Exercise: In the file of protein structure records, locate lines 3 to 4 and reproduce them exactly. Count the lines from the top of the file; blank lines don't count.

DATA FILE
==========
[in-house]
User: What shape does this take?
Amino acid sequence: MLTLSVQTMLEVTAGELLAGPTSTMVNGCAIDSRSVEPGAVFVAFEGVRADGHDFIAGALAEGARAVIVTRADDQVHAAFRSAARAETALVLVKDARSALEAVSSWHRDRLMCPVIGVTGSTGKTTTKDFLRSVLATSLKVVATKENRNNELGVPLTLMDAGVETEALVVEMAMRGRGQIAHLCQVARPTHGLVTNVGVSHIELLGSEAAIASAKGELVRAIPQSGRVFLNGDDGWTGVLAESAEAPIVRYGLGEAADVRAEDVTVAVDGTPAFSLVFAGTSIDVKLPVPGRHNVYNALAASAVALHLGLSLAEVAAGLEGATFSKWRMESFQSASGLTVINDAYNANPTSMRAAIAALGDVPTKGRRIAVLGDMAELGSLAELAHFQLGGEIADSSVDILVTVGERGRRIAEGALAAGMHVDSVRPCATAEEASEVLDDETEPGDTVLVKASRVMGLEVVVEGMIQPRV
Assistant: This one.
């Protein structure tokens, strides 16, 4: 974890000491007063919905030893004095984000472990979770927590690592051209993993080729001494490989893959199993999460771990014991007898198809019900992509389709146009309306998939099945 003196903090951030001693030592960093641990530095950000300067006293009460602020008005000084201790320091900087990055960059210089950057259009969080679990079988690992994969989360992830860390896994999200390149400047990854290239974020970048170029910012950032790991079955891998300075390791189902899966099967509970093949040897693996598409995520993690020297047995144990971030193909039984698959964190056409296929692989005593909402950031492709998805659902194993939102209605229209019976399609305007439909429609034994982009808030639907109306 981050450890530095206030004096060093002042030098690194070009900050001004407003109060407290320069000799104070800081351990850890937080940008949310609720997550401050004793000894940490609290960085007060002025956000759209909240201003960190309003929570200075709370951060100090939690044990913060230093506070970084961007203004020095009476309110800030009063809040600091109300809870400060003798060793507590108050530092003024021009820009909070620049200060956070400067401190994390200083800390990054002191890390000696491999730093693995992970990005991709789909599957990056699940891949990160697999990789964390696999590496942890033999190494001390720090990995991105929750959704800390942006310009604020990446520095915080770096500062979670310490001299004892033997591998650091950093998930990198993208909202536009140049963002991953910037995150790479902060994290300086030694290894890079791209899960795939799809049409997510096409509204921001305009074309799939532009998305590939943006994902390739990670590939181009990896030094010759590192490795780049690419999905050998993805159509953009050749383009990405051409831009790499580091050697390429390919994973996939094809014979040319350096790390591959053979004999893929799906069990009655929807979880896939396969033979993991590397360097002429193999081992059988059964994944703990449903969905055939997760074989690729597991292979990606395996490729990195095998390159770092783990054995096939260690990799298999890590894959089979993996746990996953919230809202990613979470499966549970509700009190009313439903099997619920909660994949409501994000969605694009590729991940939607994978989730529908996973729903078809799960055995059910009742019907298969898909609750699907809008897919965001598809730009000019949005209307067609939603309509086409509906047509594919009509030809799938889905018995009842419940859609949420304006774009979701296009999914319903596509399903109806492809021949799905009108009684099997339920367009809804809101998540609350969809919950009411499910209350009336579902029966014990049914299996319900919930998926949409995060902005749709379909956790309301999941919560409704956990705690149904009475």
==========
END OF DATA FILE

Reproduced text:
Amino acid sequence: MLTLSVQTMLEVTAGELLAGPTSTMVNGCAIDSRSVEPGAVFVAFEGVRADGHDFIAGALAEGARAVIVTRADDQVHAAFRSAARAETALVLVKDARSALEAVSSWHRDRLMCPVIGVTGSTGKTTTKDFLRSVLATSLKVVATKENRNNELGVPLTLMDAGVETEALVVEMAMRGRGQIAHLCQVARPTHGLVTNVGVSHIELLGSEAAIASAKGELVRAIPQSGRVFLNGDDGWTGVLAESAEAPIVRYGLGEAADVRAEDVTVAVDGTPAFSLVFAGTSIDVKLPVPGRHNVYNALAASAVALHLGLSLAEVAAGLEGATFSKWRMESFQSASGLTVINDAYNANPTSMRAAIAALGDVPTKGRRIAVLGDMAELGSLAELAHFQLGGEIADSSVDILVTVGERGRRIAEGALAAGMHVDSVRPCATAEEASEVLDDETEPGDTVLVKASRVMGLEVVVEGMIQPRV
Assistant: This one.